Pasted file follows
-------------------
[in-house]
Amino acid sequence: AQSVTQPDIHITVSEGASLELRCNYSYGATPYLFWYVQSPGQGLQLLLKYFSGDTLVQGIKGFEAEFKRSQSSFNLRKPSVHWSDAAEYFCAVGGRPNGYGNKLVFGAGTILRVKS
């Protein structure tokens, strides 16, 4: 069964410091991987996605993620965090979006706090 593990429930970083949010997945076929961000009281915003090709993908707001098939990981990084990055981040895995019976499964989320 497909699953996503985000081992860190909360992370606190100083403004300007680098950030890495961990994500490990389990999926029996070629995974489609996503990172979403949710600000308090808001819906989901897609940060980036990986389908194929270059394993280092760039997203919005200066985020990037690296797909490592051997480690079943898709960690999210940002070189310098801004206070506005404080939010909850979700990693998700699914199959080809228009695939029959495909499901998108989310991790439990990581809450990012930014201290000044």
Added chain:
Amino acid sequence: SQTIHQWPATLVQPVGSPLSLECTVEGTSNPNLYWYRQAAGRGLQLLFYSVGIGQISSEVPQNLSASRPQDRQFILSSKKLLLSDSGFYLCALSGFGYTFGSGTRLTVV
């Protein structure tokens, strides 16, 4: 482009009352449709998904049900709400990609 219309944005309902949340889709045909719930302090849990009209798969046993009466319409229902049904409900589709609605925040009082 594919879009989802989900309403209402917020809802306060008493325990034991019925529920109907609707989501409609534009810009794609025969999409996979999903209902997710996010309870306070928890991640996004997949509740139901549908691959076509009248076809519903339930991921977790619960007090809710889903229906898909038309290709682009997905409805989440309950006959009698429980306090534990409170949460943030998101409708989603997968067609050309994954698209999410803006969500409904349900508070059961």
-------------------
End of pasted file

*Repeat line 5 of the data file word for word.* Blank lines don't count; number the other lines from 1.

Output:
Amino acid sequence: SQTIHQWPATLVQPVGSPLSLECTVEGTSNPNLYWYRQAAGRGLQLLFYSVGIGQISSEVPQNLSASRPQDRQFILSSKKLLLSDSGFYLCALSGFGYTFGSGTRLTVV